There was also loud agreement when Jack Dromey condemned Ken Livingstone for blaming Tony Blair's invasion of Iraq for the 7 July 2005 bombings. Along with Angela Smith MP, Dromey demanded that Livingstone be sacked as the co-chair of Labour's defence review. Significantly, Benn said aftewards that he agreed with every word Dromey had said. Corbyn's office has previously said that it is up to the NEC, not the leader, whether the former London mayor holds the position. In reference to 7 July, an aide repeated Corbyn's statement that he preferred to "remember the brilliant words Ken used after 7/7". 

As on previous occasions, MPs complained that the leader failed to answer the questions that were put to him. A shadow minister told me that he "dodged" one on whether he believed the UK should end air strikes against Isis in Iraq. In reference to Syria, a Corbyn aide said afterwards that "There was significant support for the leader. There was a wide debate, with people speaking on both sides of the arguments." After David Cameron's decision to call a vote on air strikes for Wednesday, leaving only a day for debate, the number of Labour MPs backing intervention is likely to fall. One shadow minister told me that as few as 40-50 may back the government, though most expect the total to be closer to the original figure of 99.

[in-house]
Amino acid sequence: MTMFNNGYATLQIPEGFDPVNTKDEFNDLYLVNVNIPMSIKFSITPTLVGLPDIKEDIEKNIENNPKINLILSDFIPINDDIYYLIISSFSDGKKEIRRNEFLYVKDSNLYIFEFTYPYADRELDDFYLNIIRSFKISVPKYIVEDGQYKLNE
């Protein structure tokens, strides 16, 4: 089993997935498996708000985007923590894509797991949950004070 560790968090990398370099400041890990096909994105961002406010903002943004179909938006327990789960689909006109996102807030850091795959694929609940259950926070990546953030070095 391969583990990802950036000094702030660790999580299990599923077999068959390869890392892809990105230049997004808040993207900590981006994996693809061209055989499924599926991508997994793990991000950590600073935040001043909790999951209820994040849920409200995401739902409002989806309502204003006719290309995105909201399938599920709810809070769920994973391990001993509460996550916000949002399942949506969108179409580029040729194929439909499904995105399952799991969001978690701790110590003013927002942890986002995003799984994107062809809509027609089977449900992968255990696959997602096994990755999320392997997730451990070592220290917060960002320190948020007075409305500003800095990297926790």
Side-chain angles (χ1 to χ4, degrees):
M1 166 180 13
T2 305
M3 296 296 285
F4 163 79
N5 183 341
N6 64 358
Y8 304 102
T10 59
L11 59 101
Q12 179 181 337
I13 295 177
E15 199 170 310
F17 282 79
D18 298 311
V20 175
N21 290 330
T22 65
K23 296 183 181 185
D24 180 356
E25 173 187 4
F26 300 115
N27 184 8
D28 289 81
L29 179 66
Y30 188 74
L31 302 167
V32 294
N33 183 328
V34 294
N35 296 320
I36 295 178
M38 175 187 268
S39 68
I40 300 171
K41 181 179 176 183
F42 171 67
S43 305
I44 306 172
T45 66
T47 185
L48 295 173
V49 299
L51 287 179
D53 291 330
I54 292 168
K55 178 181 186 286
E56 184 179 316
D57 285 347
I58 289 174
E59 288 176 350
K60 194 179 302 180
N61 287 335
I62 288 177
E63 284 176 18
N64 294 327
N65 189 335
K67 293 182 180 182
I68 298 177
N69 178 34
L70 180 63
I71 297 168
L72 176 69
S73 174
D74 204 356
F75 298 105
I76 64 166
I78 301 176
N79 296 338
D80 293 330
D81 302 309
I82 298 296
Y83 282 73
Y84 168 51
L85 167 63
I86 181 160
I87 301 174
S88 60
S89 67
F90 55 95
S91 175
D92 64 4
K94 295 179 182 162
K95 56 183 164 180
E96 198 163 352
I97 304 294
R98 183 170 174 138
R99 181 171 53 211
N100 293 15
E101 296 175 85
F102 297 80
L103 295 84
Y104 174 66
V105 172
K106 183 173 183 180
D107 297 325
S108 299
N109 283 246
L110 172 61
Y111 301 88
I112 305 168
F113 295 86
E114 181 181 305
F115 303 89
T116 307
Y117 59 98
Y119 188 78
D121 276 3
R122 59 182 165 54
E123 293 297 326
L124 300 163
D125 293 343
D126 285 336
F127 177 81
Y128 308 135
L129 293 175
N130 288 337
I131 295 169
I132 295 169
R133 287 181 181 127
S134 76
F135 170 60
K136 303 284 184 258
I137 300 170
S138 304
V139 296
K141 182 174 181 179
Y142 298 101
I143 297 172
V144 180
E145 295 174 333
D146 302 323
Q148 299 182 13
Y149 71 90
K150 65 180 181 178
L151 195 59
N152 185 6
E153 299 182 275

At the end of another remarkable day in Labour's history, a Corbyn aide concluded: "It was always going to be a bumpy ride when you have a leader who was elected by a large number outside parliament but whose support in the PLP is quite limited. There are a small number who find it hard to come to terms with that result."

George Eaton is political editor of the New Statesman.